We awoke whilst already approaching Magdelenafjord and this was a promising start of yet anoth-er beautiful sunny day. Soon a few walruses were spotted as they created puffy bushy blows at the entrance of this magnificent fjord. We made a landing at Gravenesodden for a scenic walk towards the glacier. A few minutes silence was held during which the sound of birds, glacier and even the barking of a distant polar fox were heard.
In the mean time, on the other side of the fjord, some of us were landing at the foot of a huge colo-ny of Little Auks. It was a bit of a climb up towards this impressive colony but it was definitely worth it. The lichens and mosses made for a rather soft walk up, passing through some areas of snow, whilst overhead tens of thousands, if not more, Little Auks were greeting us with their chatter. When we reached the area of the first boulders we could see these tiny auks with some impressive close-up views – how pretty they were, with their white-eye stripe and dark heads. They were nest-ing amongst these boulders and there was quite a bit of Auk traffic going on and things seemed quite organised. However, now and again a giant Gloucus Gull disturbed the Auk-order and caused chaos resulting in all the Little Auks taking flight into the air. There were also many polar fox tracks in the snow, but they must have been hiding somewhere, undoubtedly making good use of their camouflage. We admired all the sounds and the coming and going of all the auks.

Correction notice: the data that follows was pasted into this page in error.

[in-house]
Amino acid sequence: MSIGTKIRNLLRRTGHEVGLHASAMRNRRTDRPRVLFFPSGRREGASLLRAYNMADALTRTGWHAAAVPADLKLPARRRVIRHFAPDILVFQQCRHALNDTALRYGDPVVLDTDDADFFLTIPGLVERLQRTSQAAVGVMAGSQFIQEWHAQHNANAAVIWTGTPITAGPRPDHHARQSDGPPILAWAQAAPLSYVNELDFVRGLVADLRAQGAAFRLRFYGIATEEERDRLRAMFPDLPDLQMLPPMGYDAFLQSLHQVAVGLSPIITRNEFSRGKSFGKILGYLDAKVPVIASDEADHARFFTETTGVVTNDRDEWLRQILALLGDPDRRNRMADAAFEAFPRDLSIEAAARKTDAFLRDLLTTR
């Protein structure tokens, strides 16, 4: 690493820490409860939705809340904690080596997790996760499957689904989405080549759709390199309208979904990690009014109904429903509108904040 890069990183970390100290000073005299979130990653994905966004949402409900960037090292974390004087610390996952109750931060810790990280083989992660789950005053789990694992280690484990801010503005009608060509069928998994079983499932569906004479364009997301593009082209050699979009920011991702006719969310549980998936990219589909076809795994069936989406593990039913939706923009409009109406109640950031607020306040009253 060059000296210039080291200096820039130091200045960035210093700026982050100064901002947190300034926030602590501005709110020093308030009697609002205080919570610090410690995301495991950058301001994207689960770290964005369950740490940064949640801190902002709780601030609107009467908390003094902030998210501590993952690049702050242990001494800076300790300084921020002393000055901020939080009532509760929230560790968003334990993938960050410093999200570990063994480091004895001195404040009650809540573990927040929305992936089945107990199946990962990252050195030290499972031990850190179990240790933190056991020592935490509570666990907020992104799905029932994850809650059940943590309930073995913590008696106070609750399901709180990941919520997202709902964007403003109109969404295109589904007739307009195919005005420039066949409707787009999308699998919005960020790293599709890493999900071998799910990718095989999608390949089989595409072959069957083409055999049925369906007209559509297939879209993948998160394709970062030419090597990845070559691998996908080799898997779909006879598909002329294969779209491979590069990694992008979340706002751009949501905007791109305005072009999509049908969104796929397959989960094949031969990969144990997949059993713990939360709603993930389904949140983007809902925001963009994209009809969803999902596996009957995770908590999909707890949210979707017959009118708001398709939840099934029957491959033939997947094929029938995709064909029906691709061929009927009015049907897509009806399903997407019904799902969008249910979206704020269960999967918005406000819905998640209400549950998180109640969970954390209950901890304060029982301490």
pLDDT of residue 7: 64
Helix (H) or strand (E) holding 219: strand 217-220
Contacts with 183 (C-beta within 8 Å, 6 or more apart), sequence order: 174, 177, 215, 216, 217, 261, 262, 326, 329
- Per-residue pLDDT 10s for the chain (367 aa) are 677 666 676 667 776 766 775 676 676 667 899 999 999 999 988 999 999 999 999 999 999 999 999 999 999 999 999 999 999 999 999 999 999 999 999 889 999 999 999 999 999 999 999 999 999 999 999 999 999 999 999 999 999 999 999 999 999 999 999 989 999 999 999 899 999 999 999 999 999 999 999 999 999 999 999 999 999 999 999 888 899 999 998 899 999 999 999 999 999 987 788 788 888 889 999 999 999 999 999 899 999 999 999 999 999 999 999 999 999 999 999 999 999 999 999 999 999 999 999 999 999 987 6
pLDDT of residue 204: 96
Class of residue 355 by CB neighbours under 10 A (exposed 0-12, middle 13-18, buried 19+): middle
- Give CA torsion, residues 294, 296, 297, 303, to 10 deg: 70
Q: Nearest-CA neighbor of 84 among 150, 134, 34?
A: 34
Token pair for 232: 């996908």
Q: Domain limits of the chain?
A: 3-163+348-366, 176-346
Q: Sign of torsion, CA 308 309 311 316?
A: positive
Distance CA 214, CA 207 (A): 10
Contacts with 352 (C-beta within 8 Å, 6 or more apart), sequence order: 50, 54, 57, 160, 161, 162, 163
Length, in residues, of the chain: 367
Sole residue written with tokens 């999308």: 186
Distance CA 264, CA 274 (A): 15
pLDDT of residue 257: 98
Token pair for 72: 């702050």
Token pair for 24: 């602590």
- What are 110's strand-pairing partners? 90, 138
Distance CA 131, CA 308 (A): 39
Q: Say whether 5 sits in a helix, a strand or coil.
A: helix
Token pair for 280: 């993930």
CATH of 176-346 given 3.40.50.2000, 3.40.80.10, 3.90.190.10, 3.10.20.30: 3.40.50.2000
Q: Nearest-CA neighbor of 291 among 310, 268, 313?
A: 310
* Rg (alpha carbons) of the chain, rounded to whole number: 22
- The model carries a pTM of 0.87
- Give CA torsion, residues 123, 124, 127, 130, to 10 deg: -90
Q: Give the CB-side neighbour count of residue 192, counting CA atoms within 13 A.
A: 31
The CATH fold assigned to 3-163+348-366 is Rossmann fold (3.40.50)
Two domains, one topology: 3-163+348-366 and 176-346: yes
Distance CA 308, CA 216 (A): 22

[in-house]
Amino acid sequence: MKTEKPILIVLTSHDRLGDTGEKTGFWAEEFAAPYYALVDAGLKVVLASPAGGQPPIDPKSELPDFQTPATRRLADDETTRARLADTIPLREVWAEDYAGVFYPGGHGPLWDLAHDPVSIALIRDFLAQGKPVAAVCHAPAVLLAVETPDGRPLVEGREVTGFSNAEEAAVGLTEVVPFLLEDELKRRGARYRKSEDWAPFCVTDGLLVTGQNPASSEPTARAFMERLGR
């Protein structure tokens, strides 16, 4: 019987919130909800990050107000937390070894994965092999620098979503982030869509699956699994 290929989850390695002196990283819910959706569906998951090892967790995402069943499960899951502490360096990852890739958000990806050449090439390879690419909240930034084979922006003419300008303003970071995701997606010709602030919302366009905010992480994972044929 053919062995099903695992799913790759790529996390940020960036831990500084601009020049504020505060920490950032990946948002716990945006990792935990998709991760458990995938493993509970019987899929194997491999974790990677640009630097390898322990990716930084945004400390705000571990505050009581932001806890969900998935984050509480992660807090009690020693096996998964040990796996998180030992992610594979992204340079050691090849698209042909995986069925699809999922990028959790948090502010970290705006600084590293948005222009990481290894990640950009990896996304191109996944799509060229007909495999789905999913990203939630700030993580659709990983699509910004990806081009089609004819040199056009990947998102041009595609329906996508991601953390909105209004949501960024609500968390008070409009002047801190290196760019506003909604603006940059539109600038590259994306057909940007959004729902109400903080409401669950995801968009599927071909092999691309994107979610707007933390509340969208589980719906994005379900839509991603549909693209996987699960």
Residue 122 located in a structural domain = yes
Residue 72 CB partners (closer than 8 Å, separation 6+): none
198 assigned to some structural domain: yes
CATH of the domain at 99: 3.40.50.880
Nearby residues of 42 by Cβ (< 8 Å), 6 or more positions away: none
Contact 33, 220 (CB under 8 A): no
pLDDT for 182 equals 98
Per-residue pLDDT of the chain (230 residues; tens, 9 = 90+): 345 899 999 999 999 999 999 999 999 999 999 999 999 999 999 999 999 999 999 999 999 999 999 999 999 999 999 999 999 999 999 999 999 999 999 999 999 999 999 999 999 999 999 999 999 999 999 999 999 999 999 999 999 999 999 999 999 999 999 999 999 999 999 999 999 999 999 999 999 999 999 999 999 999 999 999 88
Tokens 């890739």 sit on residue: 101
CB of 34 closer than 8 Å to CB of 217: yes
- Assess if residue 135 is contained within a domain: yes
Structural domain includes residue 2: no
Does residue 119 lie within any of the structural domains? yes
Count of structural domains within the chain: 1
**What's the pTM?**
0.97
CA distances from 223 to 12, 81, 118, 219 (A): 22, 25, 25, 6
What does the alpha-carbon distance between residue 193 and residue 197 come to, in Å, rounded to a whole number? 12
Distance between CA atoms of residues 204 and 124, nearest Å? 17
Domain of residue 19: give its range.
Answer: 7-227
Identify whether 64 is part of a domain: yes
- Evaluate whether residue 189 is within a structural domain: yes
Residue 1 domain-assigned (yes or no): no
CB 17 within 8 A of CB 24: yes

After outmanoeuvring some shallow rocks, a scenic drive brought us back to the vessel where a lunch buffet was served. After lunch the Ortelius continued transiting towards Sallyhamna and Holmiabukta. Some pretty impressive scenery was on show here. But we also admired the small copepods, which were on display in a small aquarium on the bow. They were only just collected by Arjen whilst he had been towing a plankto-net behind his zodiac. How many of these tiny creatures were found in such a small sample! It was a real eye opener for most of us and especially the little jellies made an impressive display!
Following on from our copepod adventure, we boarded zodiacs for a scenic tour along the glacier and around a string of tiny islands. Some polar bear tracks were visible on the island’s coastline but we could not find a bear. Instead, we enjoyed the ice formations and the delicate Arctic Terns, which were feeding close to the coastline. Eider ducks were pairing up preparing for another busy breeding season. Glaucus Gulls and Barnacle Geese were also seen and some of us were lucky to see a Bearded Seal. Back onboard the day ended with an Arctic Barbeque!
The passengers awoke to the reassuring steady throb of the engines and dull clunk of occasional ice flows hitting the hull as Ortelius approached the edge of the drift ice for another day of bear patrolling. The sun blazed from a crystal clear sky and sparkled from the jumbled blocks slowly drifting in a perfectly calm sea.
After breakfast passengers festooned with binoculars and various sizes of cameras lined the decks facing in every direction, hoping to be the first to spot a bear. Rinie and Ian, both with powers of impressive concen-tration, stuck to their posts the longest. Ian with the odd break for coffee and Rinie to use the bridge win-dows as a mirror to apply multiple layers of sun cream on his already brown face.